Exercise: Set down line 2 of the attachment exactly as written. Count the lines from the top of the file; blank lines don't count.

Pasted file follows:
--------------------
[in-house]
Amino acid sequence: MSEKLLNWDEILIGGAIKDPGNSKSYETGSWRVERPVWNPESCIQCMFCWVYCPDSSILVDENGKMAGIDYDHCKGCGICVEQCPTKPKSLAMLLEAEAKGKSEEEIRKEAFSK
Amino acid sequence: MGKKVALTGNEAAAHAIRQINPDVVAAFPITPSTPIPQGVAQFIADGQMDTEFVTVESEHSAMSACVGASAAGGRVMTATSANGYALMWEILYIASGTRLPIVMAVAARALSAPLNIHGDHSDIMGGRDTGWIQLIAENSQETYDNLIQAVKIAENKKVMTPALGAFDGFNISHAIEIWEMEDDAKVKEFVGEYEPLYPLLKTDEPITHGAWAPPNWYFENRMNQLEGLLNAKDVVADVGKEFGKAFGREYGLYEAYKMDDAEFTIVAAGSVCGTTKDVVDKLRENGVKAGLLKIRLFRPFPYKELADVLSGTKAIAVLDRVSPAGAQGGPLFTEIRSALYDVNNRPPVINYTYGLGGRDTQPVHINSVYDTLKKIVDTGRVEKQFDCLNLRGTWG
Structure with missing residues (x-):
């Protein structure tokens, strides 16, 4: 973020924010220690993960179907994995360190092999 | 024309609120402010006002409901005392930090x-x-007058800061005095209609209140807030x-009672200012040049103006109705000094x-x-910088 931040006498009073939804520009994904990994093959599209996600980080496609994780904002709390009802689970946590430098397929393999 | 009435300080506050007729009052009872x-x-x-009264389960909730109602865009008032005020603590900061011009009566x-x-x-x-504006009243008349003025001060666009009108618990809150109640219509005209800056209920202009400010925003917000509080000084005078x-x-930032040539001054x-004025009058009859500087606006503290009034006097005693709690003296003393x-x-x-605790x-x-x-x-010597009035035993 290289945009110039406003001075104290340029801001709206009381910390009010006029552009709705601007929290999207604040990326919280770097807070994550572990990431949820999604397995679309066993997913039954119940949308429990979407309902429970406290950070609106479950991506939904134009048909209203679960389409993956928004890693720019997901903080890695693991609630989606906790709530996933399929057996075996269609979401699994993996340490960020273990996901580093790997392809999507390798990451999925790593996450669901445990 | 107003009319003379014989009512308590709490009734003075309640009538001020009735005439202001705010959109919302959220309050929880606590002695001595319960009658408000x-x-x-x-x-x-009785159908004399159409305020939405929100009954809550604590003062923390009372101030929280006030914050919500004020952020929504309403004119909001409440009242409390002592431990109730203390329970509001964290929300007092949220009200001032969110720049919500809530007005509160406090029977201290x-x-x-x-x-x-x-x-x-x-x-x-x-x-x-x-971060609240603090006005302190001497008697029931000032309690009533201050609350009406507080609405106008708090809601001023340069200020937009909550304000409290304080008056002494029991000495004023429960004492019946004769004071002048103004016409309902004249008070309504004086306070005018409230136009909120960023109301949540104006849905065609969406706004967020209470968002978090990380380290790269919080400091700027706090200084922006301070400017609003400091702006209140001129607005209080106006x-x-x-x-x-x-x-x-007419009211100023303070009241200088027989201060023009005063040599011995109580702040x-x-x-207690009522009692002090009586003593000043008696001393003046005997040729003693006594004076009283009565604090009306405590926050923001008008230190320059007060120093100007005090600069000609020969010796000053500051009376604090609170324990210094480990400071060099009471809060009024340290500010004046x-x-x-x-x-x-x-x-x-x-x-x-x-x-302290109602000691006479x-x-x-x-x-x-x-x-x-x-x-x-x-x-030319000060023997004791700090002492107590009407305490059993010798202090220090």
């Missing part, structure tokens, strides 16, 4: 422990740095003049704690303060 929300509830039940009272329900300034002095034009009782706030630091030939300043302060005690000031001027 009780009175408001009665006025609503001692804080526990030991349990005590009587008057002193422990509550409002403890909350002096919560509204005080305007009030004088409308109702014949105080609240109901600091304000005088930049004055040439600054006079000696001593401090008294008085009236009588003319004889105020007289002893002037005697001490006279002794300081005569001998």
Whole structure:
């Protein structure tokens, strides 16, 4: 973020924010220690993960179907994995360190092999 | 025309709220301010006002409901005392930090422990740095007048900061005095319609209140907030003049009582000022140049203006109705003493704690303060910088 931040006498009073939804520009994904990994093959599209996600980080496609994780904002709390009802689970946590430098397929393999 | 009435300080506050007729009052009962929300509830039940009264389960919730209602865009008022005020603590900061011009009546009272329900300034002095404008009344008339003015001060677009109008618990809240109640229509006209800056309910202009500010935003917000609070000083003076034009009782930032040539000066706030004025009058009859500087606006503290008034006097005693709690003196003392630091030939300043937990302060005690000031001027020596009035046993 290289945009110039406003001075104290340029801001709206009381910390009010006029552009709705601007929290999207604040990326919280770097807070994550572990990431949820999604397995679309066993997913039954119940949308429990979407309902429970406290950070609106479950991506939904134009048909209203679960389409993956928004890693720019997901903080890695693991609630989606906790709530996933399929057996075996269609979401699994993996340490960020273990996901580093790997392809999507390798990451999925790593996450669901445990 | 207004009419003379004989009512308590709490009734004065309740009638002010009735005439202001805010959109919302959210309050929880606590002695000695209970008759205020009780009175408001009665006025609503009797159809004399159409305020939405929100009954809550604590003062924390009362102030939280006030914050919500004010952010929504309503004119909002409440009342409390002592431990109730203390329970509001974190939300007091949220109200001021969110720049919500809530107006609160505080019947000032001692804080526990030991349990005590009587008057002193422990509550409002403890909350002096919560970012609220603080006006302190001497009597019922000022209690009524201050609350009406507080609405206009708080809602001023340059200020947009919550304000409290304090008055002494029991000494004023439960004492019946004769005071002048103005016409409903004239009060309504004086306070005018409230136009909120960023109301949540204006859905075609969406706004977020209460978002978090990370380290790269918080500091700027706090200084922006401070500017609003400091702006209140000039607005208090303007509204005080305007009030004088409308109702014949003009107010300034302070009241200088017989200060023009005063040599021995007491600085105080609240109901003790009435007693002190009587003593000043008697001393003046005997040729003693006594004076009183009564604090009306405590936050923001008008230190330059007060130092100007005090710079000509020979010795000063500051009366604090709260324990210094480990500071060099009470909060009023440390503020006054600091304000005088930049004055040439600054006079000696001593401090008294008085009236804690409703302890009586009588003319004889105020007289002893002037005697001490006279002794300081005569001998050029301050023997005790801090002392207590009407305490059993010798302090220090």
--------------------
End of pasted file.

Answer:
Amino acid sequence: MSEKLLNWDEILIGGAIKDPGNSKSYETGSWRVERPVWNPESCIQCMFCWVYCPDSSILVDENGKMAGIDYDHCKGCGICVEQCPTKPKSLAMLLEAEAKGKSEEEIRKEAFSK